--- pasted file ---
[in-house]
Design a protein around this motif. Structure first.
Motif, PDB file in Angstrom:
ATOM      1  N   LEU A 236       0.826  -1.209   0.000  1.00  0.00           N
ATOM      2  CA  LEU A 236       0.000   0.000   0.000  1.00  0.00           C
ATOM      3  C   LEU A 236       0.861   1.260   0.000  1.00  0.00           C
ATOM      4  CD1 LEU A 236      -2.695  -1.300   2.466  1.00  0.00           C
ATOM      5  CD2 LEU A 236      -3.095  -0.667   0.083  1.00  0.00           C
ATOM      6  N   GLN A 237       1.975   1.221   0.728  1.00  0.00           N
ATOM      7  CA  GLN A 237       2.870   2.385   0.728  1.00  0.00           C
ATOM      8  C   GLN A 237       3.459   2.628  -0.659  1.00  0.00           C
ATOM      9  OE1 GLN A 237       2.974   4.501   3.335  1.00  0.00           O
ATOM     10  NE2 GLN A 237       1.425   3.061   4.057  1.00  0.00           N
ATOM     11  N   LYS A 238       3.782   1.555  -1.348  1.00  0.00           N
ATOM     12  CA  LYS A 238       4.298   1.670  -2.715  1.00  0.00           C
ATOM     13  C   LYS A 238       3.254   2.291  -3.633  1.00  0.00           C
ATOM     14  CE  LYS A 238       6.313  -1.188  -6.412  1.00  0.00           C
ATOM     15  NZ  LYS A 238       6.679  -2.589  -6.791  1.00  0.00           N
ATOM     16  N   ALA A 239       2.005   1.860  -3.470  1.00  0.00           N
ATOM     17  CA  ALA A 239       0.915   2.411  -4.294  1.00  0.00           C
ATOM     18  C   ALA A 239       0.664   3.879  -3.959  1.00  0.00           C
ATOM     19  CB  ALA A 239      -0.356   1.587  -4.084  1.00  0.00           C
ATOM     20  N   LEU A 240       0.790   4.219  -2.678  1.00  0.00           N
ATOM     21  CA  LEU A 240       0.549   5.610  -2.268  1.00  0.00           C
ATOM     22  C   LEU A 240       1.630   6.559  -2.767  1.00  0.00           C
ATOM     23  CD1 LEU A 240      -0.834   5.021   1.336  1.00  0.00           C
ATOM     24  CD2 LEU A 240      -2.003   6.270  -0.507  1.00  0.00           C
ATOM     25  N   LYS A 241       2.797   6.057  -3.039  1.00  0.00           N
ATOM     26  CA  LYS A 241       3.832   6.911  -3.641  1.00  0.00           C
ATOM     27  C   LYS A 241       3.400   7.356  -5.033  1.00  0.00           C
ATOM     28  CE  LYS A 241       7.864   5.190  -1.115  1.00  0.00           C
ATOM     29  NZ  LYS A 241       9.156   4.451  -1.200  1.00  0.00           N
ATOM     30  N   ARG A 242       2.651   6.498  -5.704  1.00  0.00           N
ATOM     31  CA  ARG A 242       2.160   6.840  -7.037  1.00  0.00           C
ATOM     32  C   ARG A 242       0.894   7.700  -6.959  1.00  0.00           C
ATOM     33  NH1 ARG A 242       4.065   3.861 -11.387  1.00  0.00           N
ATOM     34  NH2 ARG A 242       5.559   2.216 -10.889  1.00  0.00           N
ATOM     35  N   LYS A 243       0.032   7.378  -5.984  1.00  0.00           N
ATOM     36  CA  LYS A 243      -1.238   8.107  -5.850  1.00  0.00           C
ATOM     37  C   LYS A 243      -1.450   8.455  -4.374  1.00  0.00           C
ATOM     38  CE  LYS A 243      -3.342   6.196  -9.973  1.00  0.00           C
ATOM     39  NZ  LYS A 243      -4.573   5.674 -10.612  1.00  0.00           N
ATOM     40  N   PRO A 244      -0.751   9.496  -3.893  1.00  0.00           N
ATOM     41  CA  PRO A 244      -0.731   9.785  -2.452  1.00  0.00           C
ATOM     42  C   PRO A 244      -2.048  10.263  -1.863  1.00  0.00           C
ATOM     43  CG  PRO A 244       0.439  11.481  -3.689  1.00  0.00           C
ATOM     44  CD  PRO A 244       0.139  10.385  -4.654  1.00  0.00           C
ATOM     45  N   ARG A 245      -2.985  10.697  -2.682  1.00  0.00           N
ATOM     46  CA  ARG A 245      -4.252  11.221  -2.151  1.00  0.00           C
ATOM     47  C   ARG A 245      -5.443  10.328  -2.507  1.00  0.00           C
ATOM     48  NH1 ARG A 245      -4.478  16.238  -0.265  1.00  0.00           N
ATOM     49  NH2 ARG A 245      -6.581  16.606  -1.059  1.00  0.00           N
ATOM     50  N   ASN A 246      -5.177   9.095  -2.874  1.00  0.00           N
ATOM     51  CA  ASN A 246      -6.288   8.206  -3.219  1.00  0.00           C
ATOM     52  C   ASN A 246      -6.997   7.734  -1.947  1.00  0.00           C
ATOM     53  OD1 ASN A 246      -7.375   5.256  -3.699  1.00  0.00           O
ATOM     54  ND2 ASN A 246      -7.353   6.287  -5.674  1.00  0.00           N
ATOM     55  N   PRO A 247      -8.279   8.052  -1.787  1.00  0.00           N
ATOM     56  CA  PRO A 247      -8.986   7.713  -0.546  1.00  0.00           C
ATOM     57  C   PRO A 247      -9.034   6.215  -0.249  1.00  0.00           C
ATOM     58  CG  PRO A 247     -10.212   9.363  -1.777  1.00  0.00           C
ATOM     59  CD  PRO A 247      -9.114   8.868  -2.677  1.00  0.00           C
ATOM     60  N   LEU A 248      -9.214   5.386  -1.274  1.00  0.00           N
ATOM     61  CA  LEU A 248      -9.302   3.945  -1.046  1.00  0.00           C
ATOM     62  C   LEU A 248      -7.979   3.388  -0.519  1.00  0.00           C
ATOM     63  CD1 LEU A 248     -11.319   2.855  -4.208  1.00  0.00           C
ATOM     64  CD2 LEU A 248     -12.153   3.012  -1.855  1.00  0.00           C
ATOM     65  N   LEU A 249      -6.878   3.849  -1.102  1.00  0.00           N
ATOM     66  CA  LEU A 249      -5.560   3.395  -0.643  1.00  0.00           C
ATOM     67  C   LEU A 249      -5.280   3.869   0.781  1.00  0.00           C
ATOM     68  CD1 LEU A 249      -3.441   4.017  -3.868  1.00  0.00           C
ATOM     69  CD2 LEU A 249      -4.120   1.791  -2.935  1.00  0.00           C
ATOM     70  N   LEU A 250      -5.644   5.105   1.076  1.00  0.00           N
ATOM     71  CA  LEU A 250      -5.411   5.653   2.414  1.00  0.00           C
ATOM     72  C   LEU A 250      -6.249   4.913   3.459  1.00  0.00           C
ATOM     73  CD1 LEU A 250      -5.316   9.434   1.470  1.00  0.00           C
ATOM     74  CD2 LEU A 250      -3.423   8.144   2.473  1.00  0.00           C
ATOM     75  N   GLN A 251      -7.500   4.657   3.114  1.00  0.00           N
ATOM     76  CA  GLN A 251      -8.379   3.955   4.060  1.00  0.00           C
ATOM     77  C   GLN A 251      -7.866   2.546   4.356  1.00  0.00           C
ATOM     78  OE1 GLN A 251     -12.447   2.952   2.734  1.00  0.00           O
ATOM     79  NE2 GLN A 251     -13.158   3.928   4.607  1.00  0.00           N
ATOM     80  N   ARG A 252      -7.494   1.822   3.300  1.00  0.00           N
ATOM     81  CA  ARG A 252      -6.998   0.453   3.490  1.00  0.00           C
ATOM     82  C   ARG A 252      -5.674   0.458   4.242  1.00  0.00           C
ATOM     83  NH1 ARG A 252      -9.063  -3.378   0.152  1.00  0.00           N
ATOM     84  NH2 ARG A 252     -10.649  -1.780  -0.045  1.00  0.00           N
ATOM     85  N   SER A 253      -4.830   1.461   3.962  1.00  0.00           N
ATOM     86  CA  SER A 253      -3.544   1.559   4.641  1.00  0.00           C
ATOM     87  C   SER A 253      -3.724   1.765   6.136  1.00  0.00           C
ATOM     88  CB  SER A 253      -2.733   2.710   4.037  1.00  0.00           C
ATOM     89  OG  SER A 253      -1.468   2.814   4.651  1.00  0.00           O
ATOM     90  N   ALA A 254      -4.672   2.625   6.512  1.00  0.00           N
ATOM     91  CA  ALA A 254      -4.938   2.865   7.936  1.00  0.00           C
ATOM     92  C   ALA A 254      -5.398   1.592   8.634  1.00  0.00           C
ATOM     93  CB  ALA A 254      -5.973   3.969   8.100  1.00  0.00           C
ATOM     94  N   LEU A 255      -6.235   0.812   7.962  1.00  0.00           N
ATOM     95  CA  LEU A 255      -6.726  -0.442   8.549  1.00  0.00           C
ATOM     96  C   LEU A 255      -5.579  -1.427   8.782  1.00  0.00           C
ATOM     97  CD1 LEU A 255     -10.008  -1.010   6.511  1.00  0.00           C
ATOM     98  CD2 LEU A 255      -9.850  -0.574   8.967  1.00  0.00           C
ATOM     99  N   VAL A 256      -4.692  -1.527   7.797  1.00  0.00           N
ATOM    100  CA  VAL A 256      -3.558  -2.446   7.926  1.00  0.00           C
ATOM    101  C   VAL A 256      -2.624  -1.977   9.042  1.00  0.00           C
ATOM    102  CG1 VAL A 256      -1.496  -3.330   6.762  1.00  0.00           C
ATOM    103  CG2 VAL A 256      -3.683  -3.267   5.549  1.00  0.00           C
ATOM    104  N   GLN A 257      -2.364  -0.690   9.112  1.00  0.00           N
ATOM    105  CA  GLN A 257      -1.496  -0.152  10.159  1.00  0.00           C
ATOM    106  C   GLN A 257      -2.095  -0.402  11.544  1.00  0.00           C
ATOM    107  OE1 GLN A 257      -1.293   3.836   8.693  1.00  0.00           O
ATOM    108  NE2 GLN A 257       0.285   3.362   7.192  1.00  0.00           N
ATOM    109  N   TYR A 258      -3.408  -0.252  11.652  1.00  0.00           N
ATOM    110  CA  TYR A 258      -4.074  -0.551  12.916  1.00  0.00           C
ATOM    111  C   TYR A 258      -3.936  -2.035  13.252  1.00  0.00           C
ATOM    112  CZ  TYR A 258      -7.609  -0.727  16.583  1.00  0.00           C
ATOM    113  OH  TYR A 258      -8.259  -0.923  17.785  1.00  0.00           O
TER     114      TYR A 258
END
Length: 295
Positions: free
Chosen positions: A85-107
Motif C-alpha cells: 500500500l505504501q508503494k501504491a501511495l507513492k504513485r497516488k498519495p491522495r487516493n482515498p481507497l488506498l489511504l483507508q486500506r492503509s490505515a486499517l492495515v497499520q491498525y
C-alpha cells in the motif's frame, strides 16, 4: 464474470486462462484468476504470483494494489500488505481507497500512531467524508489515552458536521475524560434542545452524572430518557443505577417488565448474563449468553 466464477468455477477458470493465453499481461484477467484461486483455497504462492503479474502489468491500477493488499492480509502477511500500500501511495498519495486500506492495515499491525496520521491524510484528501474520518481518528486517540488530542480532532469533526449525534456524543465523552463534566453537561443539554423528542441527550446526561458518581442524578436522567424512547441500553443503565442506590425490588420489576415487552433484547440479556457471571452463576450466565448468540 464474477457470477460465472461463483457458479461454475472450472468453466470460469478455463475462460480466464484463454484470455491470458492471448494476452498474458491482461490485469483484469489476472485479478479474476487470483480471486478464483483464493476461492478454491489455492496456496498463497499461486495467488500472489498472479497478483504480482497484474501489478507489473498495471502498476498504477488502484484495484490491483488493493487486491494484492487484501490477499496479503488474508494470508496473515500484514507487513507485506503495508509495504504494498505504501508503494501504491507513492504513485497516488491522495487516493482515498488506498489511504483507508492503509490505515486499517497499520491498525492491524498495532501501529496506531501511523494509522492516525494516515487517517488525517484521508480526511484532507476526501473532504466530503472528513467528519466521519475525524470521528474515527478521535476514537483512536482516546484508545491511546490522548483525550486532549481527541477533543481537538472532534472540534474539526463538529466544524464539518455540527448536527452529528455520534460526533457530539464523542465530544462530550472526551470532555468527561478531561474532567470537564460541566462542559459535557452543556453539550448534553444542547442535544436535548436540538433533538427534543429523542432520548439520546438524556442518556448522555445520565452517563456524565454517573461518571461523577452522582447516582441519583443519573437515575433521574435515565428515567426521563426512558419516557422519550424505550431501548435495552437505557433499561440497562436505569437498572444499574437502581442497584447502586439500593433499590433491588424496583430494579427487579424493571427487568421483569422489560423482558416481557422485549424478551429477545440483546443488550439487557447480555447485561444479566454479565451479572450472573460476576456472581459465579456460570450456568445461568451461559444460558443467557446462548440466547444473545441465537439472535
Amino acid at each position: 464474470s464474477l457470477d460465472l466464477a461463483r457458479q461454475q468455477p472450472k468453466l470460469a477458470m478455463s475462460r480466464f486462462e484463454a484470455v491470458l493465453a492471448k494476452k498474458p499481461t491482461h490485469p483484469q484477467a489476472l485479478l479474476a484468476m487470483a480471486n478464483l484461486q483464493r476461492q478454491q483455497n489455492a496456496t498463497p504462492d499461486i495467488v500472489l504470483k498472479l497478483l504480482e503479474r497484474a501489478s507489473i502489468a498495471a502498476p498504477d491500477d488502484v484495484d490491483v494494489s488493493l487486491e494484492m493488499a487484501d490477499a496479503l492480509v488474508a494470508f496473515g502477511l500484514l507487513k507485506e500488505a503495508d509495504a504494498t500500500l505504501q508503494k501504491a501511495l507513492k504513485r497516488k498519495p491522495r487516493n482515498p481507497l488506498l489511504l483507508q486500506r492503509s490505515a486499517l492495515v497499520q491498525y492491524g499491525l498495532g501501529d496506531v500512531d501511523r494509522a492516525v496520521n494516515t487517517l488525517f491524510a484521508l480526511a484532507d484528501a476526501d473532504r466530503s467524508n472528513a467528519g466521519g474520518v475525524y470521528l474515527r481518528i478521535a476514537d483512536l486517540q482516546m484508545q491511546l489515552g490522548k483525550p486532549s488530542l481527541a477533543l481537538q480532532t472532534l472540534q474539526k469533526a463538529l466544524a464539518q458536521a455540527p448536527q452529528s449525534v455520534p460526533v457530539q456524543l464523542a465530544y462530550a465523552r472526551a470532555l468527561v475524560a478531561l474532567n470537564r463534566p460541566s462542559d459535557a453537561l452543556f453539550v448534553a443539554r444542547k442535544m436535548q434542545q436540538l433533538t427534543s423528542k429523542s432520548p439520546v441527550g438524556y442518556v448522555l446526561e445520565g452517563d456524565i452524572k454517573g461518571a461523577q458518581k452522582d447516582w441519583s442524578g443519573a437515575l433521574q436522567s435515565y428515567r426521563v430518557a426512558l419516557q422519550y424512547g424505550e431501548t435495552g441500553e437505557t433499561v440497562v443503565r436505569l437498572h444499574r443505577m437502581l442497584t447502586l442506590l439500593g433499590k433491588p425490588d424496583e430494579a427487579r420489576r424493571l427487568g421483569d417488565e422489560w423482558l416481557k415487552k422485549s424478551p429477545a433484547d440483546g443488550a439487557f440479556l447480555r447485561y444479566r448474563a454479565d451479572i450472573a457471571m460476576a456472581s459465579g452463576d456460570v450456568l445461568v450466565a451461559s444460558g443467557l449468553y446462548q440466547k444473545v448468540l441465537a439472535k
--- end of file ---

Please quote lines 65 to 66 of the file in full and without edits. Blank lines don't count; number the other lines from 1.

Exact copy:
ATOM     62  C   LEU A 248      -7.979   3.388  -0.519  1.00  0.00           C
ATOM     63  CD1 LEU A 248     -11.319   2.855  -4.208  1.00  0.00           C